In addition to the advantages mentioned in the “Background” section, the PBARN has proven to create opportunities. One of these is the ability to perform a feasibility study in a cost-efficient way. For some species, it is difficult to assess whether acoustic telemetry will be the most suitable technique for a specific research question. With the presence of a network, a feasibility study can be performed with a limited number of acoustic tags. Such a study can render information on the type and amount of data that will be gathered, and on the geographical and temporal coverage. This can also aid the researchers to decide on number of receivers and tags needed and to place receivers at strategic points to maximize the detections of the species of interest. Breine et al. [17], for instance, could test a modified external tagging technique on twaite shad. Shads are very sensitive to handling and stress, rendering the species rather unsuitable for electronic tagging studies. However, the authors of this study succeeded in the development of an external attachment procedure for twaite shad. Through the availability of an extensive array of receivers in the Scheldt Estuary, this study could be performed with a limited amount of resources. Further, several pilot studies, which will use the PBARN, are currently initiated for European sea bass (Dicentrarchus labrax L.) and starry smooth-hound (Mustelus asterias C.). Similarly to pilot studies, the existence of the permanent network can aid Ph.D. studies, as the resources for Ph.D.s are often limited to a bench fee that does not allow to cover the equipment and logistics needed for large experimental set-ups. The PBARN reduces the equipment needs and costs related to logistics and maintenance. Three Ph.D. studies, making use of the PBARN, are currently ongoing: two on European eel [4, 15, 18] and one on Atlantic cod.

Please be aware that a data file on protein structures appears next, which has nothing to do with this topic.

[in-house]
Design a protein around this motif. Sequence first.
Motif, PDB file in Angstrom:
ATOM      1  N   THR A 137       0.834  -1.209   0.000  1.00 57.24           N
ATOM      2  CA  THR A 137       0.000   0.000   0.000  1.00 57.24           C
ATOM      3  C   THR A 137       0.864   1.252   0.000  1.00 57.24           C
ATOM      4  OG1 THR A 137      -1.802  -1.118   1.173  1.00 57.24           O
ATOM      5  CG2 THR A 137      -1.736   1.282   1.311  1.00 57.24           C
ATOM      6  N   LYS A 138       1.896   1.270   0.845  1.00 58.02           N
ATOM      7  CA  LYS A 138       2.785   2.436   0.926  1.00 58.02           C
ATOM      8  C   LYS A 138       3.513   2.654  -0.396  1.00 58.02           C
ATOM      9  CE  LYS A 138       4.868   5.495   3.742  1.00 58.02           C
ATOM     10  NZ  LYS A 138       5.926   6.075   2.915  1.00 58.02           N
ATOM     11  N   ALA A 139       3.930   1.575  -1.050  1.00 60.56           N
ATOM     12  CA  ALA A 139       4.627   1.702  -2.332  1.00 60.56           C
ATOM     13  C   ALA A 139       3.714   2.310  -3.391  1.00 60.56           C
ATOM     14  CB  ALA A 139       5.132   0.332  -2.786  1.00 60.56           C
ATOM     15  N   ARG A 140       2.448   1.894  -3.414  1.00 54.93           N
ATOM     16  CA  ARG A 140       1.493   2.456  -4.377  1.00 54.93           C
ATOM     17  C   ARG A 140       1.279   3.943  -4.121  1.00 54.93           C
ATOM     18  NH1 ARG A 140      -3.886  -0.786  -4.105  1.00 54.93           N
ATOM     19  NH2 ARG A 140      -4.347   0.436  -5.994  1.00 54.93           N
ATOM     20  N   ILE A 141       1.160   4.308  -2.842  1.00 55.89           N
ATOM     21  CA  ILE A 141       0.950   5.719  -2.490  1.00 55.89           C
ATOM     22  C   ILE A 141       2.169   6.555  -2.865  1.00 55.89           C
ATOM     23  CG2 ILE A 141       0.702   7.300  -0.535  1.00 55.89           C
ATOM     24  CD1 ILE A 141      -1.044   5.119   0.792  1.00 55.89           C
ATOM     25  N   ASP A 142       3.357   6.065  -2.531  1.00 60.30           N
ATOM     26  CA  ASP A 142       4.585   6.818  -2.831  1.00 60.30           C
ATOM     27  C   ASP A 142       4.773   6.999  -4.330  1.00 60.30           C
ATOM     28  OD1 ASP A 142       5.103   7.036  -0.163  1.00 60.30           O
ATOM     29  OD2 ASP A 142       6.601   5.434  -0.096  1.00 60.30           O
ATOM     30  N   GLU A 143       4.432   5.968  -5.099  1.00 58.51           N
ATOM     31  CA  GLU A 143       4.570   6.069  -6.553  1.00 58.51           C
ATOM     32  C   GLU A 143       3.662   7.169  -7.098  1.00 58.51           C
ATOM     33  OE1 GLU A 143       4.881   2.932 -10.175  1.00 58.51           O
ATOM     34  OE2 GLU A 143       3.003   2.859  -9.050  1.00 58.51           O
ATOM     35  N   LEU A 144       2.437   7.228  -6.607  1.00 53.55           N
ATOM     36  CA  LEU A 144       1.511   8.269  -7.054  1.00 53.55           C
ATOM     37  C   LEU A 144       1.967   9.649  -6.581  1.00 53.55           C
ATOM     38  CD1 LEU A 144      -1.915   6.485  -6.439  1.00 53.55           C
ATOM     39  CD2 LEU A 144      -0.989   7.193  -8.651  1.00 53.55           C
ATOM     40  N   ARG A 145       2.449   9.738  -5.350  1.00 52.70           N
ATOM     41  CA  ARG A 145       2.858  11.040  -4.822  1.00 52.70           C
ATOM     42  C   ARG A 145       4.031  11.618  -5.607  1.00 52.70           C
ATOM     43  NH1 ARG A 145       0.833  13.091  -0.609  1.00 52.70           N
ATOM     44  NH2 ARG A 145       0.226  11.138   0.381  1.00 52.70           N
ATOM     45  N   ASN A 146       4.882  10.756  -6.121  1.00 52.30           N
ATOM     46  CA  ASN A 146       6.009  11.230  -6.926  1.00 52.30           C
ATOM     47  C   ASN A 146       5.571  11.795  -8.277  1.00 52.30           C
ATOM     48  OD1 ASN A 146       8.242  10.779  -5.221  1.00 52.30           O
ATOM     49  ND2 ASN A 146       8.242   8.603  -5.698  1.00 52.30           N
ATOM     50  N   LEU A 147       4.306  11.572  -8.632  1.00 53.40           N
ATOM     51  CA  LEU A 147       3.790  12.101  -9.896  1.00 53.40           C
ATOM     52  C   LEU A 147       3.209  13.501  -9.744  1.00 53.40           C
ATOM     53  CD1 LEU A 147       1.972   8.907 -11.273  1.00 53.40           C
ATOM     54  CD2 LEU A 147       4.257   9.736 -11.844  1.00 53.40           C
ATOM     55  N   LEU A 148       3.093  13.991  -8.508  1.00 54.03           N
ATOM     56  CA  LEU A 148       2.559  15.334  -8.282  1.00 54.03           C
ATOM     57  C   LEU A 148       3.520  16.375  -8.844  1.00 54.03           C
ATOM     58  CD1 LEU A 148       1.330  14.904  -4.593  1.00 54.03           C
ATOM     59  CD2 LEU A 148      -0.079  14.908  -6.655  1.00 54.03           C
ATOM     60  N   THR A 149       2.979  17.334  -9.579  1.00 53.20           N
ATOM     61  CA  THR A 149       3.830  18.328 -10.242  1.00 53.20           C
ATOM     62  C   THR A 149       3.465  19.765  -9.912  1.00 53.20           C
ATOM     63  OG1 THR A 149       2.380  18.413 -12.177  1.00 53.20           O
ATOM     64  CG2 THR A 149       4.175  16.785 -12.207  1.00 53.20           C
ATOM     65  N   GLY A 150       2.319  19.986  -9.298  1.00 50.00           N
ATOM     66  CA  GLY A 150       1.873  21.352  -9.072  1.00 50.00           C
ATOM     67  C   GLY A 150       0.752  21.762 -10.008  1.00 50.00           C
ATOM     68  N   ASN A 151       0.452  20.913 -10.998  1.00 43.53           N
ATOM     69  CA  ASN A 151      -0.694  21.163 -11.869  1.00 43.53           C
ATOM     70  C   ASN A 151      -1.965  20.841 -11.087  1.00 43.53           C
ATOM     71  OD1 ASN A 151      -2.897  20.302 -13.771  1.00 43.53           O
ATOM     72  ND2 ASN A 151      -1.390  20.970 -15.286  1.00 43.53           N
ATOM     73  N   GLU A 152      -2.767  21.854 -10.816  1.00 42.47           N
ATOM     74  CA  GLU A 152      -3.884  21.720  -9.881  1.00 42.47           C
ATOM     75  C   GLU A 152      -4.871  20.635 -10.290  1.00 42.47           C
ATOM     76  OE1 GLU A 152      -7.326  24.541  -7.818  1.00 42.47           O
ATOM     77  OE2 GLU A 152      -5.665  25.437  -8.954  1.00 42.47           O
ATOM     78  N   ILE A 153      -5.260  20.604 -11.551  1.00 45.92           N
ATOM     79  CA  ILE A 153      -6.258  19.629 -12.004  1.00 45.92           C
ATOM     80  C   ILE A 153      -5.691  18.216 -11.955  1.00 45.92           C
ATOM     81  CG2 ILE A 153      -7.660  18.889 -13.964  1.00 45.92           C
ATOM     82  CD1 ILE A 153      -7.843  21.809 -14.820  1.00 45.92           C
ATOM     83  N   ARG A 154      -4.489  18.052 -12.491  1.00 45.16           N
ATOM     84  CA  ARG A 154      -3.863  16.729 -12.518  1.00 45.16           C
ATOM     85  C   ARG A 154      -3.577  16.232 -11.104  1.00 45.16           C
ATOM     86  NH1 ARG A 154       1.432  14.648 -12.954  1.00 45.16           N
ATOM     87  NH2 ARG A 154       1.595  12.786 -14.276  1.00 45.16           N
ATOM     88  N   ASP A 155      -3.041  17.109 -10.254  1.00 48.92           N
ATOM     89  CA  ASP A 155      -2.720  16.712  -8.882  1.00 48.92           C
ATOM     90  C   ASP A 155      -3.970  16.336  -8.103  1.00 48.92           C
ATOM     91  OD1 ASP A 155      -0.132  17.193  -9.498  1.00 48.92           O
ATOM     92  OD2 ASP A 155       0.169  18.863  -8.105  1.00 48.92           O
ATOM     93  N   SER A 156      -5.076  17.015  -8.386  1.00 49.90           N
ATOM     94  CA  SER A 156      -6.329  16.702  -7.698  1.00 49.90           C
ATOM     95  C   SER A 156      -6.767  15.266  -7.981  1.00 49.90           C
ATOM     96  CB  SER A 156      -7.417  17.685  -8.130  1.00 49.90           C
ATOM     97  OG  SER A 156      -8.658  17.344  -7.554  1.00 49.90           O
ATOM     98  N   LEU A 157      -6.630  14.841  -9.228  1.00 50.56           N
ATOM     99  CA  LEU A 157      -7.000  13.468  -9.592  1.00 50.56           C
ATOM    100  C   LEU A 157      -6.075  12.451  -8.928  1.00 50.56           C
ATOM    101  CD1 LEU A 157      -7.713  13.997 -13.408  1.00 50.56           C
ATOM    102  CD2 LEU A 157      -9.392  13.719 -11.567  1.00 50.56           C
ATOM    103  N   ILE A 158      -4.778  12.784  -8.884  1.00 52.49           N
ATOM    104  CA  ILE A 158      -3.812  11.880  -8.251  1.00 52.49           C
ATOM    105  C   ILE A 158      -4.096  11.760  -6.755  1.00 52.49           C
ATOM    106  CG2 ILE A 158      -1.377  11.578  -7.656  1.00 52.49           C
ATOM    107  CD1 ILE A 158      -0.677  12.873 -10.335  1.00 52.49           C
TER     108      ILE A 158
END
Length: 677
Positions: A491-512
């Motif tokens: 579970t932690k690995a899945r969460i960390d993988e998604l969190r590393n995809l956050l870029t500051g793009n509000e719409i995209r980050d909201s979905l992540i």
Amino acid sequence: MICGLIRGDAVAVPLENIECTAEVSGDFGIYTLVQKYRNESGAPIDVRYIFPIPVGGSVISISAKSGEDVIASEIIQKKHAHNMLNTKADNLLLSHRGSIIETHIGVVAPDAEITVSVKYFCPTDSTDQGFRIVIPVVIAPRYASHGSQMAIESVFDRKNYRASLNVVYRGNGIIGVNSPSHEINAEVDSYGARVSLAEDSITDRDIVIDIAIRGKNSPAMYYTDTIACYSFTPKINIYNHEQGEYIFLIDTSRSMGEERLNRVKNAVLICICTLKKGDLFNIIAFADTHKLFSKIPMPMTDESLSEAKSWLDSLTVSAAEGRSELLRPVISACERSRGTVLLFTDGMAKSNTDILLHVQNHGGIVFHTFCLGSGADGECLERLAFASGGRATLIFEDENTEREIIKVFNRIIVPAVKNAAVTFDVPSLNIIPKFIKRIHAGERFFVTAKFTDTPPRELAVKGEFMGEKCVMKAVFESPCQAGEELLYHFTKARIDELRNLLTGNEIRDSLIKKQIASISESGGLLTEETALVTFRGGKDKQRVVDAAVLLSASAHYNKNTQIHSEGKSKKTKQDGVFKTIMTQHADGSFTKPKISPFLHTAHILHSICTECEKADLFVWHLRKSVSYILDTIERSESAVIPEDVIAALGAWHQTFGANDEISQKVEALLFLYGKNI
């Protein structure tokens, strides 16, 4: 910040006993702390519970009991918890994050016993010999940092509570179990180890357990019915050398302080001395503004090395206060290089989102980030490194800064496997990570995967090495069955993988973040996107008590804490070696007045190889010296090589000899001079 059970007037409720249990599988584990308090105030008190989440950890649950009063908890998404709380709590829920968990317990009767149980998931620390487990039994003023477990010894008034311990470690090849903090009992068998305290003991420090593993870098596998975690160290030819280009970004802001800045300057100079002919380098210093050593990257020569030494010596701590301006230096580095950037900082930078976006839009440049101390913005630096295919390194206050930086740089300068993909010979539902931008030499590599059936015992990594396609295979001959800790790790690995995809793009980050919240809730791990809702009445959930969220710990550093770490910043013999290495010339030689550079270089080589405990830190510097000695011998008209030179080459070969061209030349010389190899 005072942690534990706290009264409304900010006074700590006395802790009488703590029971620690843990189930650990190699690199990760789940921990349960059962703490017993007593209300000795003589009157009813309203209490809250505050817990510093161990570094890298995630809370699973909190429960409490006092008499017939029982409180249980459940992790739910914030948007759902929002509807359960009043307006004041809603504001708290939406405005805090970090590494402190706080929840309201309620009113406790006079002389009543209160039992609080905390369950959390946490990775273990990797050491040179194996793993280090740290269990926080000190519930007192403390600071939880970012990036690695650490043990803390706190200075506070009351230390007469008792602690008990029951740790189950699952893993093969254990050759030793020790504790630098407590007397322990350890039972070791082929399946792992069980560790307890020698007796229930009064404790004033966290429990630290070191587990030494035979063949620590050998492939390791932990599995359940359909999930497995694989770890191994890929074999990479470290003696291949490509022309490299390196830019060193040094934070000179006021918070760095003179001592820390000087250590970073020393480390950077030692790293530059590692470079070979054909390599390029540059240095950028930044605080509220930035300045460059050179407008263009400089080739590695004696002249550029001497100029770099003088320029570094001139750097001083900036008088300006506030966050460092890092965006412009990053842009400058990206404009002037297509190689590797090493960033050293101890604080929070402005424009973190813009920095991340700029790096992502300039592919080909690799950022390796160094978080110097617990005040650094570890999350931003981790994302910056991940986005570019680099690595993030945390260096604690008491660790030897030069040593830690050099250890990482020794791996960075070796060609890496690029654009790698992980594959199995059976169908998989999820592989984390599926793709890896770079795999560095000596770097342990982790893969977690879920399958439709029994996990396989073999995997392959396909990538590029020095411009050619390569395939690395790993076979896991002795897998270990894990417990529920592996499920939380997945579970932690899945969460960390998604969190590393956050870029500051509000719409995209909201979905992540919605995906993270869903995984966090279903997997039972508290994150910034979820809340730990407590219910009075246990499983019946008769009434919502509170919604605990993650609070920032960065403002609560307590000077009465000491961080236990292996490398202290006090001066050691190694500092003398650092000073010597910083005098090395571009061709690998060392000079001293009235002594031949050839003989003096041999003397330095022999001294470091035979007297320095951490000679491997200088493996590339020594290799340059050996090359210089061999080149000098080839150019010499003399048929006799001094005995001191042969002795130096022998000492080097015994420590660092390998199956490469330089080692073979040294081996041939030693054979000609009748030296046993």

Next to providing infrastructure, a coordinated network also stimulates cooperation between researchers on national and international level. In 2014 and 2015, European eels from different river catchments in Western Europe (i.e. Belgium, The Netherlands and Germany) were detected on the PBARN. Previously, it was assumed eels use the Nordic migration route over Scotland. However, the detections recorded by PBARN revealed that a noteworthy portion of the population uses a southern migration route. Although the different studies were independently organized and focused on different research questions, it resulted in a joint A1-publication [15], describing this novel insight in eel spawning migration. Another ongoing study on silver eel escapement in The Netherlands resulted, once again, in detections on the PBARN.